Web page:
For Immediate Release: 07/19/02
National Preservation Group Urges Gettysburg to Stop Dumping on Battlefield
CWPT urges borough council to halt dumping operations at McAllister's Mill
(Gettysburg, Pa.) - In a letter today to Gettysburg Borough Council President Theodore H. Streeter, the national Civil War Preservation Trust (CWPT) urged borough officials to remove a dump located near historic McAllister's Mill on Gettysburg battlefield.
"It is difficult to believe that the borough condones dumping within the Gettysburg battlefield historic district," noted CWPT President James Lighthizer. "Mountains of rubble have replaced the woodland where Union and Confederate troops once maneuvered and fought. The dump is, without question, the worst possible use of historic ground."
McAllister's Mill was a key objective for Union and Confederate forces during the July 1863 Battle of Gettysburg. The area around the mill was contested by both armies during the decisive struggle for Culp's Hill. In addition, McAllister's Mill is one of the few documented sites on the Underground Railroad.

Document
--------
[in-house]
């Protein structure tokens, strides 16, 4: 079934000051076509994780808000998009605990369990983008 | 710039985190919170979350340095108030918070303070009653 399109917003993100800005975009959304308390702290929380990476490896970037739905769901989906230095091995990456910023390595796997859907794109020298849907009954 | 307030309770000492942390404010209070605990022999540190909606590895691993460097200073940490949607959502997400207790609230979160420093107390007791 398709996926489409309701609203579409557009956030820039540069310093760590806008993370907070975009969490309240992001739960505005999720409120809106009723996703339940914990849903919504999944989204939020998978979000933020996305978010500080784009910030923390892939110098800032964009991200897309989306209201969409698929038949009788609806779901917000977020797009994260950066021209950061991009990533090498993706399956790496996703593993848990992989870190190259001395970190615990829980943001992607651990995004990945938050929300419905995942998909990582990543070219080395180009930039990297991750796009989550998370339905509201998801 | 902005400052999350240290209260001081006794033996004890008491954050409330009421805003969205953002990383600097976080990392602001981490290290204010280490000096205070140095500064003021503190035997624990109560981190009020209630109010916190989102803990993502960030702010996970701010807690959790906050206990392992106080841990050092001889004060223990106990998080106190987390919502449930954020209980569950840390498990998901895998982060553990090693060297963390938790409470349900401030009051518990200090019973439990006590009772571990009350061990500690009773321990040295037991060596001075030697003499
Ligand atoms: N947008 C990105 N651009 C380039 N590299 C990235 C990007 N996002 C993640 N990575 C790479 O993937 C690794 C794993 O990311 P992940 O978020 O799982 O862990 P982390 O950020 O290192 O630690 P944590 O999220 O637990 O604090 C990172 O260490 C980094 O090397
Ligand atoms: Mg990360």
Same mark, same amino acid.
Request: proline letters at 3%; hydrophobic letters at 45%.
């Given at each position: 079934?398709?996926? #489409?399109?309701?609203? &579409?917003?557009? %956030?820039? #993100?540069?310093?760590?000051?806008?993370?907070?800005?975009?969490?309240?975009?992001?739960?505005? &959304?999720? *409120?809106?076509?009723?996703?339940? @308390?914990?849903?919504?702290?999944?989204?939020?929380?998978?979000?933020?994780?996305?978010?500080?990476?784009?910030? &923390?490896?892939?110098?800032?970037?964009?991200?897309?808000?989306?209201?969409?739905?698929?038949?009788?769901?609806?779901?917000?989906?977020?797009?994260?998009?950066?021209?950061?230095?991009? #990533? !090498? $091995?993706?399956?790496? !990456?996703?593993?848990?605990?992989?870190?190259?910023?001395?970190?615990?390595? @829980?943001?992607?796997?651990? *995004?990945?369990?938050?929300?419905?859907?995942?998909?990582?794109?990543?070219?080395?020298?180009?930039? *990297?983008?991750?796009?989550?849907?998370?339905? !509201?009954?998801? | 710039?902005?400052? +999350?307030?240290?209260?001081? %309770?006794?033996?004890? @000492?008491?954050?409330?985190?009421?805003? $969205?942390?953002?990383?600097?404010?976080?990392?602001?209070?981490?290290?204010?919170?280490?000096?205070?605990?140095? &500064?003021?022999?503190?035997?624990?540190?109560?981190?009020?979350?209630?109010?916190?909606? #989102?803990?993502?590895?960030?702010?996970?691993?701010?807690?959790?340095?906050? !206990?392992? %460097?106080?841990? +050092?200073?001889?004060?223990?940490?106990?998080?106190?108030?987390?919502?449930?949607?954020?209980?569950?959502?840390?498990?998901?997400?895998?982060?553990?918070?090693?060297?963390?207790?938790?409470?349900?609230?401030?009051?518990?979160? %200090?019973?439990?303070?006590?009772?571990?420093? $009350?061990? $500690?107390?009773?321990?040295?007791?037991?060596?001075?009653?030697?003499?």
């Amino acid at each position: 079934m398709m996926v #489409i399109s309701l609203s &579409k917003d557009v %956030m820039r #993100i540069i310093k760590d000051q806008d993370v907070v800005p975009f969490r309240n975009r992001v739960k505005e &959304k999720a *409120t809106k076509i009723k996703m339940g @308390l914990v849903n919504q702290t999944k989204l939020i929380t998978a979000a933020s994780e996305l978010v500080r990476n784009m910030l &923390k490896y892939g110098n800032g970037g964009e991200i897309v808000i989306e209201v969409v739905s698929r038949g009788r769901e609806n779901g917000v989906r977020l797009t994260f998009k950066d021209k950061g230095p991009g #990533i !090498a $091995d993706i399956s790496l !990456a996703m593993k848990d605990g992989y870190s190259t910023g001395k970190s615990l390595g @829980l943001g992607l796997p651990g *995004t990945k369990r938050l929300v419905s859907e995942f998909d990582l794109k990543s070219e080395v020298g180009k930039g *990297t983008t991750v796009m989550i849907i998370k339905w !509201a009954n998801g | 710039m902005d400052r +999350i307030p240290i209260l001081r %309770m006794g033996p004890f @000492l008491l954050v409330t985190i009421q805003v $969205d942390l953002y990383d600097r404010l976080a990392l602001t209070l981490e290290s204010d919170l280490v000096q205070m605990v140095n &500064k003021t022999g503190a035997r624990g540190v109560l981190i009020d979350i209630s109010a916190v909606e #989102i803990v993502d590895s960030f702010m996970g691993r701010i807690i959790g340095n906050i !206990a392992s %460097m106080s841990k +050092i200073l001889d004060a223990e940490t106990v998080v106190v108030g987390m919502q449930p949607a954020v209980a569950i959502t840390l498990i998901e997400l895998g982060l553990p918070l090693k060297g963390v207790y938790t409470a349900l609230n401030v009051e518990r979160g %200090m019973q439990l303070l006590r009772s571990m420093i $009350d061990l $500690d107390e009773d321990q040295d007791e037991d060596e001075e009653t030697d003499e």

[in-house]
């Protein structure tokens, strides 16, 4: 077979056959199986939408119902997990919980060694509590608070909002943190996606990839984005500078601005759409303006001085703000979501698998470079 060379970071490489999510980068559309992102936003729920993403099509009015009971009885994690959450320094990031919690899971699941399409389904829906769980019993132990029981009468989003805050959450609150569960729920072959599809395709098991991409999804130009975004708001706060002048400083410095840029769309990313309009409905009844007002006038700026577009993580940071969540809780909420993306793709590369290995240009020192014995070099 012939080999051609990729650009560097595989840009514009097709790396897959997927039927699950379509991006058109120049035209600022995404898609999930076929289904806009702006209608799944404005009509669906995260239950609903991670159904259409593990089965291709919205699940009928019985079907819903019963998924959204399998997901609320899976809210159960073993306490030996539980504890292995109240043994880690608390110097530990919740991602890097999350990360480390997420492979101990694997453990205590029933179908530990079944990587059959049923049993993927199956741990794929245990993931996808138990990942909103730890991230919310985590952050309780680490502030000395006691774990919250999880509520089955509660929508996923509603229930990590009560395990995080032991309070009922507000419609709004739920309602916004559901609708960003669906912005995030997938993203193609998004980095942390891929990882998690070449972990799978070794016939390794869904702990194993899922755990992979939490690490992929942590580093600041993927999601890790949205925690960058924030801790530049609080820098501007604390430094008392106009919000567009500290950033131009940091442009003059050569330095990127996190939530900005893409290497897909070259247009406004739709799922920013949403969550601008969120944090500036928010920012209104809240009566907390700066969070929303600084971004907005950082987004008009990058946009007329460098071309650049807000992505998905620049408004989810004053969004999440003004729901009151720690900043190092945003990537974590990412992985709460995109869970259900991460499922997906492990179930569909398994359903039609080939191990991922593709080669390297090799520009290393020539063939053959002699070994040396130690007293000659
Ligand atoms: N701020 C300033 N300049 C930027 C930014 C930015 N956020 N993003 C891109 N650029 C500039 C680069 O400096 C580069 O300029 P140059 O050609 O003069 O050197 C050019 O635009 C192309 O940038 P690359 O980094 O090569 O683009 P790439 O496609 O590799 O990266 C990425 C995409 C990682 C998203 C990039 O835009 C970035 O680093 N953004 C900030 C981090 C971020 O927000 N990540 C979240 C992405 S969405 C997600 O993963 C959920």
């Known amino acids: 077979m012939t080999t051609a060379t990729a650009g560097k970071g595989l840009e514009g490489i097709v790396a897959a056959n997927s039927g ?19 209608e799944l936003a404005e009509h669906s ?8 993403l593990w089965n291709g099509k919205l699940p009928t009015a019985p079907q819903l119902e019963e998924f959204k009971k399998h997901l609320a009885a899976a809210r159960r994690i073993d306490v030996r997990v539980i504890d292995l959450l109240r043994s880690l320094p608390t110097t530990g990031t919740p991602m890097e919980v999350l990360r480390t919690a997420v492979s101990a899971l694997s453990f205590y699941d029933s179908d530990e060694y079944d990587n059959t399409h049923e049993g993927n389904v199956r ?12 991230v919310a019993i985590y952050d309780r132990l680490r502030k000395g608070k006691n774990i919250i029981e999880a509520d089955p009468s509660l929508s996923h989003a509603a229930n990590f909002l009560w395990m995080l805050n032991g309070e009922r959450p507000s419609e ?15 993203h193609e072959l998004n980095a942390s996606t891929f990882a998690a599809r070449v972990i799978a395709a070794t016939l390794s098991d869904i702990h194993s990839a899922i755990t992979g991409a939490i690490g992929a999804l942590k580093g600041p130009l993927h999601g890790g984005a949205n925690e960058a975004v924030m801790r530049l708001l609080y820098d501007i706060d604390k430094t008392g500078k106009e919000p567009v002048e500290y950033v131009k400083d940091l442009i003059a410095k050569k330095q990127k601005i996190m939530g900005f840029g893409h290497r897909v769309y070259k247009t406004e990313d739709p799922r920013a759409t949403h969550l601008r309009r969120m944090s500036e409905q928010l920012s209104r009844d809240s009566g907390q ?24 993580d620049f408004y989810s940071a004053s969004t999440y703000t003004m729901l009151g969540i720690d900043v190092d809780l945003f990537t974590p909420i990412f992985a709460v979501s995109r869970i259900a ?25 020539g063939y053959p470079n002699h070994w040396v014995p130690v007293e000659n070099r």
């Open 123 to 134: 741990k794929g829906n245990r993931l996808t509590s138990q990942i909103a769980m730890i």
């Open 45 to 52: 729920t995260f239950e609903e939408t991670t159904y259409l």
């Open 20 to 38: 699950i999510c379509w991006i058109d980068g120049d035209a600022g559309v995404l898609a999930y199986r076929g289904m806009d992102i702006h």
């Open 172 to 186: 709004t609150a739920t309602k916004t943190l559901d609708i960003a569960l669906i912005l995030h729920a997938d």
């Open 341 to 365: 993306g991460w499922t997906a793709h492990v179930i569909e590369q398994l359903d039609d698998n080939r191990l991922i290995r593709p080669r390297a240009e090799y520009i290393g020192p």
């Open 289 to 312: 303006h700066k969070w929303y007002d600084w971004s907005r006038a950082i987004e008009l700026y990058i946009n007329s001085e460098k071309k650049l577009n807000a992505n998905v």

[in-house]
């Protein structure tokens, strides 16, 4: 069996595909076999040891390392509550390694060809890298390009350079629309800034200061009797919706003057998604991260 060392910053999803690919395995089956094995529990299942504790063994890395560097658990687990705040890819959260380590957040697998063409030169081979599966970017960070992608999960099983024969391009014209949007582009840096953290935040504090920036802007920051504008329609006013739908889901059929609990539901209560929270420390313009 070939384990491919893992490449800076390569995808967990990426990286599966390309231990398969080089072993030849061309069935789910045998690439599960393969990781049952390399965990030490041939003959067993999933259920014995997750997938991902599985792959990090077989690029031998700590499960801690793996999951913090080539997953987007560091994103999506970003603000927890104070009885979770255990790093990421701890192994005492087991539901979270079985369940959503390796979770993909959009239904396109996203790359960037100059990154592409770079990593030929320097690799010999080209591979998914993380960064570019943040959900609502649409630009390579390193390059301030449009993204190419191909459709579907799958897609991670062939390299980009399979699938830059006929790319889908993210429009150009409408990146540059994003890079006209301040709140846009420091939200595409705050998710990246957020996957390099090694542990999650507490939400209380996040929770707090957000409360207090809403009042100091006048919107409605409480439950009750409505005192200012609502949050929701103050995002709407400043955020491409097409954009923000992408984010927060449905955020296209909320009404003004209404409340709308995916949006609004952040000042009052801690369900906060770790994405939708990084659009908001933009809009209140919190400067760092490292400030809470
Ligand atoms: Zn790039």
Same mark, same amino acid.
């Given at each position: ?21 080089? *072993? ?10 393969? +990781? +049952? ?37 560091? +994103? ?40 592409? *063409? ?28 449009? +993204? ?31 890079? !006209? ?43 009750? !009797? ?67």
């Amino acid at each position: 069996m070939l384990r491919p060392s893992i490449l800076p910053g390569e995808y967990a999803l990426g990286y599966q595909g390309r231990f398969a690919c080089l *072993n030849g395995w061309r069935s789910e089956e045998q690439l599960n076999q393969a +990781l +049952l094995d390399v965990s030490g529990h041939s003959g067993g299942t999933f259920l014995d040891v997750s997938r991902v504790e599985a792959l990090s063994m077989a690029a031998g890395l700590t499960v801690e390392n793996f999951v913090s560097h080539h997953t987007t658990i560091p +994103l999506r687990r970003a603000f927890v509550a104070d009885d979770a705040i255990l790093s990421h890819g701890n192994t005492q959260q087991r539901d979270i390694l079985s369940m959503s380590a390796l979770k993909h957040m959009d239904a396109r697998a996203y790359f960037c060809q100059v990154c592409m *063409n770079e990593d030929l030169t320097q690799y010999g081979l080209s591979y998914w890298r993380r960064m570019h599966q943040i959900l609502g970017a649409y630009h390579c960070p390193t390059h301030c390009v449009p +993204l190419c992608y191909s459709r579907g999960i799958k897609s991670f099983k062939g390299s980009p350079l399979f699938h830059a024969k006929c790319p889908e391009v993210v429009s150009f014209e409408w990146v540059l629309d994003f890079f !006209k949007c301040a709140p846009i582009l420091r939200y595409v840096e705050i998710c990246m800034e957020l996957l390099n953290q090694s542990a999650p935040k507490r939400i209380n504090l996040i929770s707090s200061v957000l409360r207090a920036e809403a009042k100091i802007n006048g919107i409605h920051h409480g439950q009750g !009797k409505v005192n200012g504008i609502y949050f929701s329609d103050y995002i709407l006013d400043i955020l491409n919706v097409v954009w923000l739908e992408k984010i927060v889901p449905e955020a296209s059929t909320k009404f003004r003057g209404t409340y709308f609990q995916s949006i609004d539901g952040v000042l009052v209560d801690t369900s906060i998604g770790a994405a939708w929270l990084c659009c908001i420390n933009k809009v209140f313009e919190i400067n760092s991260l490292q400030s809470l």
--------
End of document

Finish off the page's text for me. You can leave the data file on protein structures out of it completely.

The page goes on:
For the most part, the property surrounding the mill maintains its Civil War-era appearance. According to Edwin C. Bearss, the Chief Historian Emeritus of the National Park Service, "the property conveys the time and place better than any I know in the area."
Earlier this year, CWPT learned that the Borough of Gettysburg has been dumping road debris near McAllister's Mill for more than a decade. Although the dump rests on borough property, it is located on land that has long been targeted for preservation. The enormous pile of rubble that has developed over the years sits adjacent to Rock Creek and may be contaminating that stream, a branch of the Chesapeake Bay watershed. Even worse, the gate to the dump is not locked, meaning that nearly anyone can dump waste at the site.
In his letter, Lighthizer urges the removal of the dump near McAllister's Mill. "The dump is an awful blemish on the battlefield as well as the borough council's own reputation," Lighthizer states. "Dumping on the property should be halted immediately and followed by plans to clean up the site and return it to its Civil War-era appearance."
CWPT is a 40,000-member 501(c)(3) nonprofit battlefield preservation organization. Its mission is to preserve our nation's endangered Civil War battlefields and to promote appreciation of these hallowed grounds.